Rick Scott Hopes to Reform the National Flood Insurance Program, Lower Costs for Floridians

This week, U.S. Sen. Rick Scott, R-Fla., showcased three bills he brought out at the end of last month “to reform the National Flood Insurance Program (NFIP)” and “help lower the cost of flood insurance and ensure the property insurance market better serves Florida families.”

Scott’s “Removing Barriers to Private Flood Insurance Act” will “permanently eliminate the NFIP’s Write Your Own (WYO) company non-compete clause which currently prohibits WYO companies from selling private flood insurance products that compete with NFIP products.” He also introduced the “Flood Insurance Consumer Choice Act” which will “amend the NFIP’s ‘Continuous Coverage’ requirement and allow NFIP policyholders who leave the program to purchase a private policy to return to the NFIP without penalty.” Finally, Scott also introduced the “Flood Insurance Transparency Act” which will “require the Federal Emergency Management Agency (FEMA) to make detailed historic claims, policy and flood risk data available to the public and easily accessible, while protecting personal information as required by law.”

On Thursday, Scott’s office offered some of the rationales for the three bills.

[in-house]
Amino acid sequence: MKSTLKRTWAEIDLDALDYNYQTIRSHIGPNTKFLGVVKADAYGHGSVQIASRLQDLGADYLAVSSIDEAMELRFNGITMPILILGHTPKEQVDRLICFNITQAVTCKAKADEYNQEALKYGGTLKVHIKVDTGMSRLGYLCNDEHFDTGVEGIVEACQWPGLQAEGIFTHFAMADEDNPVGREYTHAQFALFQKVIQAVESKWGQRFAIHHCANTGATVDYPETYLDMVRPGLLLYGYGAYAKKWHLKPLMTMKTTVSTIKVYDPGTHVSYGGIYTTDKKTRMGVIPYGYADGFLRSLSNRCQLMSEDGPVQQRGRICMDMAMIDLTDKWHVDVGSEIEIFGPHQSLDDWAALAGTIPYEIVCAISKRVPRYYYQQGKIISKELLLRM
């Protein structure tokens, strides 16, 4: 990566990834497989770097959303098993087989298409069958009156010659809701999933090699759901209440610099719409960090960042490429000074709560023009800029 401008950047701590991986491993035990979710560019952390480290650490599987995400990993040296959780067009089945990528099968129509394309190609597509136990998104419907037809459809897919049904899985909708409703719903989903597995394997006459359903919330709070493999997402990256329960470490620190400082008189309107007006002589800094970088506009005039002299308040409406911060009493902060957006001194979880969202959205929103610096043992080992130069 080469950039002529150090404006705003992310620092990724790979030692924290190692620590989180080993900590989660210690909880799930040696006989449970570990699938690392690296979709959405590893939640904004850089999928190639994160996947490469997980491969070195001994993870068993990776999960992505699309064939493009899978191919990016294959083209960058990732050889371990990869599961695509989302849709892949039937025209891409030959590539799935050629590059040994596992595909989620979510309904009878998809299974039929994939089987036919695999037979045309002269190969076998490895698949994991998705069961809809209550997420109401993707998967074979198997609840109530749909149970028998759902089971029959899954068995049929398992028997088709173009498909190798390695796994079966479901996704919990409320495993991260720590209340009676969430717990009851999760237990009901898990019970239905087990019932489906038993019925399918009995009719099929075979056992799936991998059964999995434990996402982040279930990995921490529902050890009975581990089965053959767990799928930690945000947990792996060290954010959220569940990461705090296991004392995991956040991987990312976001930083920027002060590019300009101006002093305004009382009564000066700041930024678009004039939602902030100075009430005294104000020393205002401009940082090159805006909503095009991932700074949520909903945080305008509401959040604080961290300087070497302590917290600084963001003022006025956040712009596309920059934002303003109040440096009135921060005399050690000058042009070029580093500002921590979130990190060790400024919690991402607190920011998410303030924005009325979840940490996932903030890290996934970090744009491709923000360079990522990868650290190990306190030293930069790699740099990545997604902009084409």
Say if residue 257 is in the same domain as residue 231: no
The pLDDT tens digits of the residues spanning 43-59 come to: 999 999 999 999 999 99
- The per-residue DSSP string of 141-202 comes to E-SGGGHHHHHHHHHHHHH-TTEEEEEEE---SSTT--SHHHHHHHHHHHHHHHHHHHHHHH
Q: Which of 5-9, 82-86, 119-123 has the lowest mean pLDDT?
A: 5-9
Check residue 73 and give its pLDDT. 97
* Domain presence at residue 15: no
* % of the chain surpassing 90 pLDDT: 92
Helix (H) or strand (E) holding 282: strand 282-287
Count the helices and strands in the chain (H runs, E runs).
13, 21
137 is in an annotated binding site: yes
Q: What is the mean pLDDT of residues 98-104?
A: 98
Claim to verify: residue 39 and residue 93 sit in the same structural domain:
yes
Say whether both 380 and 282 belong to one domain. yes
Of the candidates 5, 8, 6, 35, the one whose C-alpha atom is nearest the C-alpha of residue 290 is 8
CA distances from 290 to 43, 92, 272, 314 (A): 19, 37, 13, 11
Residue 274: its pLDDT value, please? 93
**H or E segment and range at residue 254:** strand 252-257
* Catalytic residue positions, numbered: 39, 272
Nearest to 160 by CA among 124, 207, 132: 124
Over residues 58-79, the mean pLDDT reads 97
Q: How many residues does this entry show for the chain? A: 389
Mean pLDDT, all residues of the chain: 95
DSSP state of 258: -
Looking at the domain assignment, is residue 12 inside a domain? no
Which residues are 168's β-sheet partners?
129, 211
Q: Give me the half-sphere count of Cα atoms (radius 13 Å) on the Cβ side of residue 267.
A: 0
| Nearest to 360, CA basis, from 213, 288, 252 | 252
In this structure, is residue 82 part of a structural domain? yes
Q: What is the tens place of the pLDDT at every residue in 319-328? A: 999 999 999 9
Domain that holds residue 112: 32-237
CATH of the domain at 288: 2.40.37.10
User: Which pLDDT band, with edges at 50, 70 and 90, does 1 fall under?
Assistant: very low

“According to FEMA data, since the inception of the NFIP, Florida policyholders have paid more than $19 billion in premiums, but only collected approximately $5.6 billion in claims reimbursements, which equates to a nearly 4 to 1 ratio of premiums paid to claims reimbursements. The situation Florida families face is clearly unfair and exactly why Congress must make reforms to encourage participation in the private flood insurance market as an alternative for hardworking Americans across our country,” Scott’s office noted.

Scott weighed in on the proposals on Thursday.

“The National Flood Insurance Program is a perfect example of what happens when government tries to take over an industry – it fails. The NFIP is not only buried in debt, it’s now pushing huge rate increases through FEMA’s new ‘Risk Rating 2.0’ that is unsustainable and unaffordable for Florida families. When we increase availability and competition in the market, more homeowners get insured and taxpayers and homeowners are better off. If the private sector can offer families better coverage, better service and a better price, why would we deny them of that?” asked Scott.

Scott also cited his experiences on the matter during his two terms as governor.

“While I was governor, we reformed Florida’s property insurance market to better serve families and we can do it at the federal level too. It’s time to make commonsense reforms that better serve Florida families. I am committed to fighting for change that encourages the development of a robust and affordable private flood insurance market and gives homeowners more choice and flexibility when purchasing their flood insurance plans. I know many of my colleagues in the Senate agree with me on this, and I urge them to join me in passing these good bills,” Scott said.

All three bills were sent to the U.S. Senate Banking, Housing and Urban Affairs Committee at the end of September. So far, Scott has not reeled in any co-sponsors for the bills and there are no companion measures over in the U.S. House.

Kevin Derby
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